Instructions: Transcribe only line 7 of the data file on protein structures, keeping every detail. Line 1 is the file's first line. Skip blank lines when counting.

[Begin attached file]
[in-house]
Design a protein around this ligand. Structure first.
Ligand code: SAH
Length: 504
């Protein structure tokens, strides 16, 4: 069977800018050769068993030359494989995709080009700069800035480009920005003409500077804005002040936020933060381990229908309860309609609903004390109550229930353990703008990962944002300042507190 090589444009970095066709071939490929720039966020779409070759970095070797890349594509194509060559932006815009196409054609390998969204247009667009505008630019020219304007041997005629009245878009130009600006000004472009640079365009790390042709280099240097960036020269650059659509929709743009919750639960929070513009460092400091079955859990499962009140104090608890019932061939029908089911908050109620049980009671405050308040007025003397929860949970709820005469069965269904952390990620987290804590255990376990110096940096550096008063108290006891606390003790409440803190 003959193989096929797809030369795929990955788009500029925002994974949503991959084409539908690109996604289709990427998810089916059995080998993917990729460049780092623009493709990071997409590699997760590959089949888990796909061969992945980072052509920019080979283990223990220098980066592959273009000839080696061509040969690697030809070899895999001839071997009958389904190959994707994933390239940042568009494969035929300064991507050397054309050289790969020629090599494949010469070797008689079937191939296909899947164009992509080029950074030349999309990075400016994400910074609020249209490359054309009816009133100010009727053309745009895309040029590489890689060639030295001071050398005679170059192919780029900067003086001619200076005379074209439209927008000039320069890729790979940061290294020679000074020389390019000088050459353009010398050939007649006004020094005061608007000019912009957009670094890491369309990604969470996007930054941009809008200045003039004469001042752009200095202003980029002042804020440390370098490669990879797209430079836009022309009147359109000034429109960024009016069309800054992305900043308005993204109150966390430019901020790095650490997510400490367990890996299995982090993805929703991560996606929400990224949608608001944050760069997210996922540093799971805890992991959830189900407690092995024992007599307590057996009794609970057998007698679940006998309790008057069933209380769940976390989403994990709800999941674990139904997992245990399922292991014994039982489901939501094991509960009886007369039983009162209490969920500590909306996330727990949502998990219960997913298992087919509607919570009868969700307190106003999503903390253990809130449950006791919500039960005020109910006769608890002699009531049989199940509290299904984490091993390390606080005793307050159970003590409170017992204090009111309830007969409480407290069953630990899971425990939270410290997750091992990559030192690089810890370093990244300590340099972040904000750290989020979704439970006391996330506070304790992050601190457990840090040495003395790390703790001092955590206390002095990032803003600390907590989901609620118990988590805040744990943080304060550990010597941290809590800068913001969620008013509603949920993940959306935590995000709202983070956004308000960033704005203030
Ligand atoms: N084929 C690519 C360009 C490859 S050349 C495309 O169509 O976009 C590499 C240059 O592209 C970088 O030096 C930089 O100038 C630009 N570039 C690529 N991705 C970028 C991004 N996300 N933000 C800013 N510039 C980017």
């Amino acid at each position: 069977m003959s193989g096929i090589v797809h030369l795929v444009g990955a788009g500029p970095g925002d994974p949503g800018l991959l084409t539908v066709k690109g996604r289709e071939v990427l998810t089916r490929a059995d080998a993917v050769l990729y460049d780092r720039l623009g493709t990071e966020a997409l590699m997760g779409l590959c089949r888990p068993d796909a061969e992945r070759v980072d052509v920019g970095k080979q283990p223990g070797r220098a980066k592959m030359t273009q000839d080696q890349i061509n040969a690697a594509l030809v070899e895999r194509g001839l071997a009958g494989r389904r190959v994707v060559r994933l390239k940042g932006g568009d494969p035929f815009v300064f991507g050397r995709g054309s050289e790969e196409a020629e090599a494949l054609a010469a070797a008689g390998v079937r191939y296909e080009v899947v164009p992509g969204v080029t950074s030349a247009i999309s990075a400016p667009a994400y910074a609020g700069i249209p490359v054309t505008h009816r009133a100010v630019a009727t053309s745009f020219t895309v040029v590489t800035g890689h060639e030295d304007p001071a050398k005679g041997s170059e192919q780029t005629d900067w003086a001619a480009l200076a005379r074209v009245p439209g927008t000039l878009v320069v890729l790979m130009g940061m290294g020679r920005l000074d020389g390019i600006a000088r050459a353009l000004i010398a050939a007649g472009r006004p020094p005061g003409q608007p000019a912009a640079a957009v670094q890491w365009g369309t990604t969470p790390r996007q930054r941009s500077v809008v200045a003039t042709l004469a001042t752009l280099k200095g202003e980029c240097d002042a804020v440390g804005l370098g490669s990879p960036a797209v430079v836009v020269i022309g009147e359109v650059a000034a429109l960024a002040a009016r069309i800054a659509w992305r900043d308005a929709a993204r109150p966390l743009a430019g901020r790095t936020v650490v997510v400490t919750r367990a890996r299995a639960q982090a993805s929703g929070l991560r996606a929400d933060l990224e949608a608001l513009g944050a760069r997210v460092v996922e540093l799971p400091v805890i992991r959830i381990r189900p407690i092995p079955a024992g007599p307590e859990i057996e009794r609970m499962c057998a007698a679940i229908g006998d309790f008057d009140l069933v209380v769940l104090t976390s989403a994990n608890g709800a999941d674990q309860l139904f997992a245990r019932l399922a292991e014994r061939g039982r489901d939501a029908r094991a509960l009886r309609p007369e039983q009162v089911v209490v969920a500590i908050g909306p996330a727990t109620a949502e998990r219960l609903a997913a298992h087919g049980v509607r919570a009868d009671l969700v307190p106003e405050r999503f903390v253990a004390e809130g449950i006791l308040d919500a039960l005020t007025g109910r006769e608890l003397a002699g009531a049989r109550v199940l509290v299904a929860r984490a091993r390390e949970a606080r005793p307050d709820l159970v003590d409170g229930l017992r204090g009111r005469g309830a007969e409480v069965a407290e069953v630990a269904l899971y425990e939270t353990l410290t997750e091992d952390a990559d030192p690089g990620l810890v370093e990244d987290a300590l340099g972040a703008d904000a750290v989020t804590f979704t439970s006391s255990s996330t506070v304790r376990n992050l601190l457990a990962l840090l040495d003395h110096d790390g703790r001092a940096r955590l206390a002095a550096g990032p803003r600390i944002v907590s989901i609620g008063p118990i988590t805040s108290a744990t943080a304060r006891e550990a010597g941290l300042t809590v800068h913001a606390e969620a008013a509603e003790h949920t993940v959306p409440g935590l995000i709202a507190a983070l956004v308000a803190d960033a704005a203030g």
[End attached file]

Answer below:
């Amino acid at each position: 069977m003959s193989g096929i090589v797809h030369l795929v444009g990955a788009g500029p970095g925002d994974p949503g800018l991959l084409t539908v066709k690109g996604r289709e071939v990427l998810t089916r490929a059995d080998a993917v050769l990729y460049d780092r720039l623009g493709t990071e966020a997409l590699m997760g779409l590959c089949r888990p068993d796909a061969e992945r070759v980072d052509v920019g970095k080979q283990p223990g070797r220098a980066k592959m030359t273009q000839d080696q890349i061509n040969a690697a594509l030809v070899e895999r194509g001839l071997a009958g494989r389904r190959v994707v060559r994933l390239k940042g932006g568009d494969p035929f815009v300064f991507g050397r995709g054309s050289e790969e196409a020629e090599a494949l054609a010469a070797a008689g390998v079937r191939y296909e080009v899947v164009p992509g969204v080029t950074s030349a247009i999309s990075a400016p667009a994400y910074a609020g700069i249209p490359v054309t505008h009816r009133a100010v630019a009727t053309s745009f020219t895309v040029v590489t800035g890689h060639e030295d304007p001071a050398k005679g041997s170059e192919q780029t005629d900067w003086a001619a480009l200076a005379r074209v009245p439209g927008t000039l878009v320069v890729l790979m130009g940061m290294g020679r920005l000074d020389g390019i600006a000088r050459a353009l000004i010398a050939a007649g472009r006004p020094p005061g003409q608007p000019a912009a640079a957009v670094q890491w365009g369309t990604t969470p790390r996007q930054r941009s500077v809008v200045a003039t042709l004469a001042t752009l280099k200095g202003e980029c240097d002042a804020v440390g804005l370098g490669s990879p960036a797209v430079v836009v020269i022309g009147e359109v650059a000034a429109l960024a002040a009016r069309i800054a659509w992305r900043d308005a929709a993204r109150p966390l743009a430019g901020r790095t936020v650490v997510v400490t919750r367990a890996r299995a639960q982090a993805s929703g929070l991560r996606a929400d933060l990224e949608a608001l513009g944050a760069r997210v460092v996922e540093l799971p400091v805890i992991r959830i381990r189900p407690i092995p079955a024992g007599p307590e859990i057996e009794r609970m499962c057998a007698a679940i229908g006998d309790f008057d009140l069933v209380v769940l104090t976390s989403a994990n608890g709800a999941d674990q309860l139904f997992a245990r019932l399922a292991e014994r061939g039982r489901d939501a029908r094991a509960l009886r309609p007369e039983q009162v089911v209490v969920a500590i908050g909306p996330a727990t109620a949502e998990r219960l609903a997913a298992h087919g049980v509607r919570a009868d009671l969700v307190p106003e405050r999503f903390v253990a004390e809130g449950i006791l308040d919500a039960l005020t007025g109910r006769e608890l003397a002699g009531a049989r109550v199940l509290v299904a929860r984490a091993r390390e949970a606080r005793p307050d709820l159970v003590d409170g229930l017992r204090g009111r005469g309830a007969e409480v069965a407290e069953v630990a269904l899971y425990e939270t353990l410290t997750e091992d952390a990559d030192p690089g990620l810890v370093e990244d987290a300590l340099g972040a703008d904000a750290v989020t804590f979704t439970s006391s255990s996330t506070v304790r376990n992050l601190l457990a990962l840090l040495d003395h110096d790390g703790r001092a940096r955590l206390a002095a550096g990032p803003r600390i944002v907590s989901i609620g008063p118990i988590t805040s108290a744990t943080a304060r006891e550990a010597g941290l300042t809590v800068h913001a606390e969620a008013a509603e003790h949920t993940v959306p409440g935590l995000i709202a507190a983070l956004v308000a803190d960033a704005a203030g």